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I have a set of three matrices and want to know whether or not they form a basis for $ℝ^{3\times3}$

Any help is appreciated

the matrices: \begin{bmatrix}1&0&0\\0&1&0\\0 &0&1\end{bmatrix}\begin{bmatrix}0&1&0\\0&0&1\\0 &0&0\end{bmatrix}\begin{bmatrix}0&0&1\\0&0&0\\0 &0&0\end{bmatrix}

I know I have to show they are linearly independent and span the vector space, but I really don't get how I should do that

Thanks in advance

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    $\begingroup$ What is the dimension of $\mathbb{R}^{3\times 3}$? $\endgroup$ – Ofir Jan 9 '17 at 11:05
  • $\begingroup$ I think 3, right? $\endgroup$ – Amaluena Jan 9 '17 at 11:06
  • $\begingroup$ You have 9 entries in each matrix, so you should expect that the dimension will be 9, and in particular 3 matrices cannot span the entire space. $\endgroup$ – Ofir Jan 9 '17 at 11:07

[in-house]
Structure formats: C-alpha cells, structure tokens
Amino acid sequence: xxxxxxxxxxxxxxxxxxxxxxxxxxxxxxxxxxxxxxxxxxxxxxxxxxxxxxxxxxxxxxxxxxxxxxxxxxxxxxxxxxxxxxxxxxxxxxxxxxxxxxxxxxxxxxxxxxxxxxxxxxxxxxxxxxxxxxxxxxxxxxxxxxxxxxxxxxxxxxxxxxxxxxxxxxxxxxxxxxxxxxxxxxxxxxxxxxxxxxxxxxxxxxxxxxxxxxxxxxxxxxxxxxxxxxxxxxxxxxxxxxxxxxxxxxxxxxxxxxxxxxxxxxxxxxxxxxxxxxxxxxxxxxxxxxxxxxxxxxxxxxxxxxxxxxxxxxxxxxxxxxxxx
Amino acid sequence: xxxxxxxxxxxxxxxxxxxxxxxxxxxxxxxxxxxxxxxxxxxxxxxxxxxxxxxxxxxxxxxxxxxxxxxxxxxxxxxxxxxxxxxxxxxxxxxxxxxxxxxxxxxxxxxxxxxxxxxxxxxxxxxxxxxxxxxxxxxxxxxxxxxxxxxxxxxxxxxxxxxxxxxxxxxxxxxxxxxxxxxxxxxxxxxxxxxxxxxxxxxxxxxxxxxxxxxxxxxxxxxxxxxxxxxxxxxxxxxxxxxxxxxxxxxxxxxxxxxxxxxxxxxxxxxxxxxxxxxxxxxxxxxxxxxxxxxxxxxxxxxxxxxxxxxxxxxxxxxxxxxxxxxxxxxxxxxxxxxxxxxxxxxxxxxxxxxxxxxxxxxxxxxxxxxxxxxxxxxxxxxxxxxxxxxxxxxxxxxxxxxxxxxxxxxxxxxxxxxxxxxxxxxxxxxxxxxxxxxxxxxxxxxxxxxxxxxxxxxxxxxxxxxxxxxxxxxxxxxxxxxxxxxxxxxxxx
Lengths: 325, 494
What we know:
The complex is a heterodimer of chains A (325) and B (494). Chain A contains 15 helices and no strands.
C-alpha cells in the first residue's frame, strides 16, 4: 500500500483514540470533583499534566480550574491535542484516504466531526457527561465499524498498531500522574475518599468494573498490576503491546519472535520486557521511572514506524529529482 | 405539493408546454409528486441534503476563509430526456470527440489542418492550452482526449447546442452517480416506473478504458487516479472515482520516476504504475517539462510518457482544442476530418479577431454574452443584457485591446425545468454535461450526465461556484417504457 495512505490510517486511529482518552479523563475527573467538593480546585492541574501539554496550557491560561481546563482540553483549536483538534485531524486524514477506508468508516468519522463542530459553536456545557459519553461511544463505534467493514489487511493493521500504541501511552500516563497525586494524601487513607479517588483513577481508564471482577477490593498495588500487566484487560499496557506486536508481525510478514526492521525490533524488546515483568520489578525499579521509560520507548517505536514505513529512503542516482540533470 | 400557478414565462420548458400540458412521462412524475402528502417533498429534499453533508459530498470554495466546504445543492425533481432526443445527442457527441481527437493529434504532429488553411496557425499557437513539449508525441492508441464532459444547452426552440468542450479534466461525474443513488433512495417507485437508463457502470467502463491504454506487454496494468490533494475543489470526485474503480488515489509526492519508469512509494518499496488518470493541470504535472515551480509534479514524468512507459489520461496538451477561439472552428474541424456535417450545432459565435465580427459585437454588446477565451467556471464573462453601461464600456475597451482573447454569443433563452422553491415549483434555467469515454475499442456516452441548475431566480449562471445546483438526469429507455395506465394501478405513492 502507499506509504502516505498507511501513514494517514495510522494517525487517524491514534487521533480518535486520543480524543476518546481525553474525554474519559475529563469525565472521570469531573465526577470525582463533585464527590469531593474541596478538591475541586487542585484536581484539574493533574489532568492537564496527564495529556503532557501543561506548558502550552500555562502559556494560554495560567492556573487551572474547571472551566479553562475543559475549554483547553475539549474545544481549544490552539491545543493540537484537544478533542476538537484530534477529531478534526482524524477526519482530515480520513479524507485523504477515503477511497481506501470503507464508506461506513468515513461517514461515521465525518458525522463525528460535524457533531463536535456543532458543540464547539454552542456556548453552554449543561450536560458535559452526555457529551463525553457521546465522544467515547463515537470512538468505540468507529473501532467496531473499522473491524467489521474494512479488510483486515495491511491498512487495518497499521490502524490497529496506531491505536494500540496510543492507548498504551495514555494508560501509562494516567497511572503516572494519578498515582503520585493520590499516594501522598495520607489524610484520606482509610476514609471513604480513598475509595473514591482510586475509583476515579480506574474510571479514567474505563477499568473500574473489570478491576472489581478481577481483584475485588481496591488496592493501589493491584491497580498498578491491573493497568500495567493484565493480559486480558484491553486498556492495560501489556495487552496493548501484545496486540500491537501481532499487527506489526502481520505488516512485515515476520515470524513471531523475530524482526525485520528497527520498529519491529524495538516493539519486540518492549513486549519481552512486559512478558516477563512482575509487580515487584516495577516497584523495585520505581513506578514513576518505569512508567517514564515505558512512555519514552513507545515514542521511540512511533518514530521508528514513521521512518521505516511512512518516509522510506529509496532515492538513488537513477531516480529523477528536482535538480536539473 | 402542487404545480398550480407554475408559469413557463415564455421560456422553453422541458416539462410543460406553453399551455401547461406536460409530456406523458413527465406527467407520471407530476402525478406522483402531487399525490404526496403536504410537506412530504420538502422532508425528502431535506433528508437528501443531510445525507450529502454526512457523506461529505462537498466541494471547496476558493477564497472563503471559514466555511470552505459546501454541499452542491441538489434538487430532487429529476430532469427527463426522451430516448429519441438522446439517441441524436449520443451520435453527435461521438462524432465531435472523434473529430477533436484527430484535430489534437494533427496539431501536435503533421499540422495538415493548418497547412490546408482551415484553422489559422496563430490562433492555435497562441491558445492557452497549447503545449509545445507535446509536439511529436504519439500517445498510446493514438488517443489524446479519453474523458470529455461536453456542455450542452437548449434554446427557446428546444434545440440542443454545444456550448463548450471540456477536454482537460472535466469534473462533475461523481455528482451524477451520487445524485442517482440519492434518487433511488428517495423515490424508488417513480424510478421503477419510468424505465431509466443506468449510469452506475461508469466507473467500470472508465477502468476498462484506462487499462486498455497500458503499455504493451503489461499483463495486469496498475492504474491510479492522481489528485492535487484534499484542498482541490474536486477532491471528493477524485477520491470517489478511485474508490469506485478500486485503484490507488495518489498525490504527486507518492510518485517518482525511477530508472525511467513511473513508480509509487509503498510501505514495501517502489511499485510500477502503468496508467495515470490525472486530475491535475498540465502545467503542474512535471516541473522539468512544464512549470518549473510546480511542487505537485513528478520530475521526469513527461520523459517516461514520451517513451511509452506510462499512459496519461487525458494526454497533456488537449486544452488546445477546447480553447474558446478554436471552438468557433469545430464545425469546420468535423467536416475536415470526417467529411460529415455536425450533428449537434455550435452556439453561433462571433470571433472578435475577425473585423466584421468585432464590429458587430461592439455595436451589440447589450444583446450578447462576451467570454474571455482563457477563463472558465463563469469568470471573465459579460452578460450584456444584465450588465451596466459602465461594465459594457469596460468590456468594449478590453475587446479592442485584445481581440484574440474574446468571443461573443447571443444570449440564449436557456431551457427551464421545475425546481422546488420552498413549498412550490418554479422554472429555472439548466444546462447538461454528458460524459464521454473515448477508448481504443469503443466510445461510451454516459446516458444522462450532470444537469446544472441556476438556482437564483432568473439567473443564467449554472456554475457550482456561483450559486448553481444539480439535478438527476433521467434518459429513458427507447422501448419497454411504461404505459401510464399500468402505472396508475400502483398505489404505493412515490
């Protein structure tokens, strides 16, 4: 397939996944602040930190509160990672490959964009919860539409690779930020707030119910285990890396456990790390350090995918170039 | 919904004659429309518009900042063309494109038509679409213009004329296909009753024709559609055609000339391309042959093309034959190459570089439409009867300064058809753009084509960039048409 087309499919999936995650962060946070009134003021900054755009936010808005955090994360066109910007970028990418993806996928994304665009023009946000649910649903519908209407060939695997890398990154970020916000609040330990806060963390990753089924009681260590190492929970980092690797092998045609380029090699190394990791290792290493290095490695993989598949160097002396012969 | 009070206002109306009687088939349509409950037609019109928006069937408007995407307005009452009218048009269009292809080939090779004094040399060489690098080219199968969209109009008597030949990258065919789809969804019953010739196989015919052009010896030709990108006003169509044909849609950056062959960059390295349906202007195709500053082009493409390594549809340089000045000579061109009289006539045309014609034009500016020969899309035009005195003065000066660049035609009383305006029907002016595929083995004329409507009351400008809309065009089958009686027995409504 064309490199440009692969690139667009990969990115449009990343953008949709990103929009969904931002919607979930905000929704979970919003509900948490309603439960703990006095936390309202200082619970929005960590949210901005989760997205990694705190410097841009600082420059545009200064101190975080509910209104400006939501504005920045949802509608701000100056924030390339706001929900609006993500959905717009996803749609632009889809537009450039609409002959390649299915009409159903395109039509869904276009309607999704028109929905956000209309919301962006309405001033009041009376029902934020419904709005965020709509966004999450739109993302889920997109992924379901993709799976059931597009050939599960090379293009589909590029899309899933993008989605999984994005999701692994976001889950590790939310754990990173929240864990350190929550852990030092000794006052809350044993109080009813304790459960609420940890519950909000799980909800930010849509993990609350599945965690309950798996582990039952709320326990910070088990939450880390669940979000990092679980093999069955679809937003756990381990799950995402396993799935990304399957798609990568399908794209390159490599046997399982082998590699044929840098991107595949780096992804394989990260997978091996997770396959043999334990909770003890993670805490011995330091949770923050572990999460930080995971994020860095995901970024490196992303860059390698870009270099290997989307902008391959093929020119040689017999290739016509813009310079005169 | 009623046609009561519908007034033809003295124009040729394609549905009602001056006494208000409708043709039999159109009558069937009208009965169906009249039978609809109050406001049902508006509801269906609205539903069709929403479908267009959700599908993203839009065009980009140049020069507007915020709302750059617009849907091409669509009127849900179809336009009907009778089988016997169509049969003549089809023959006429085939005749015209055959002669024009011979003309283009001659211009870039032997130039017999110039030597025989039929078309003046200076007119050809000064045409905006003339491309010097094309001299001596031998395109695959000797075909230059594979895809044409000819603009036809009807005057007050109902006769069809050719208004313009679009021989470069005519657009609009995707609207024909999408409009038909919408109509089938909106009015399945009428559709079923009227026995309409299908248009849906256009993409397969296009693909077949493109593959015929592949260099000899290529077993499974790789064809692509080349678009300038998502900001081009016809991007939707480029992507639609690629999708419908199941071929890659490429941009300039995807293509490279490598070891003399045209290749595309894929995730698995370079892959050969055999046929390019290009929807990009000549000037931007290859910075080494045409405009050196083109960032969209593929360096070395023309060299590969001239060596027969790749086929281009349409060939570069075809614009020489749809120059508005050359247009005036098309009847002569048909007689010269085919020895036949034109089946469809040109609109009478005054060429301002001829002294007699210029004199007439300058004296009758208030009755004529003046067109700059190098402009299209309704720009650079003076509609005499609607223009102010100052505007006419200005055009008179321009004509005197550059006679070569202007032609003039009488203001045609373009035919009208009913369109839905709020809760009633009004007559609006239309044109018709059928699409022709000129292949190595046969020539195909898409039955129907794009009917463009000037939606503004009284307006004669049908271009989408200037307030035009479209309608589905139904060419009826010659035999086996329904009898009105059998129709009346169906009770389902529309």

• $\begingroup$ @Amaluena I guess you were thinking of each column or row as a vector, no? $\endgroup$ – Billy Rubina Jan 9 '17 at 11:50
  • $\begingroup$ i may be wrong but if see more precisely 1st vector of your basis spans a three dimensional vector space(say V) and 2nd vector spans 2 dimensional vector space possibly contained in V and 3rd spans 1 dimensional vector space also contained in V if one can prove 1st basis vector is l.c of other two $\endgroup$ – Kislay Tripathi Jan 11 '17 at 12:02
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Denote $C_1,C_2$ and $C_3$ the $3 \times 3$ matrices from your question. Is it true that $$\begin{bmatrix} 0 & 0 & 0 \\ 0 & 0 & 0 \\ 1 & 0 & 0 \end{bmatrix} \in \text{span}(C_1,C_2,C_3)?$$

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  • $\begingroup$ No, they don't, I see now they never span the entire space $\endgroup$ – Amaluena Jan 9 '17 at 11:12

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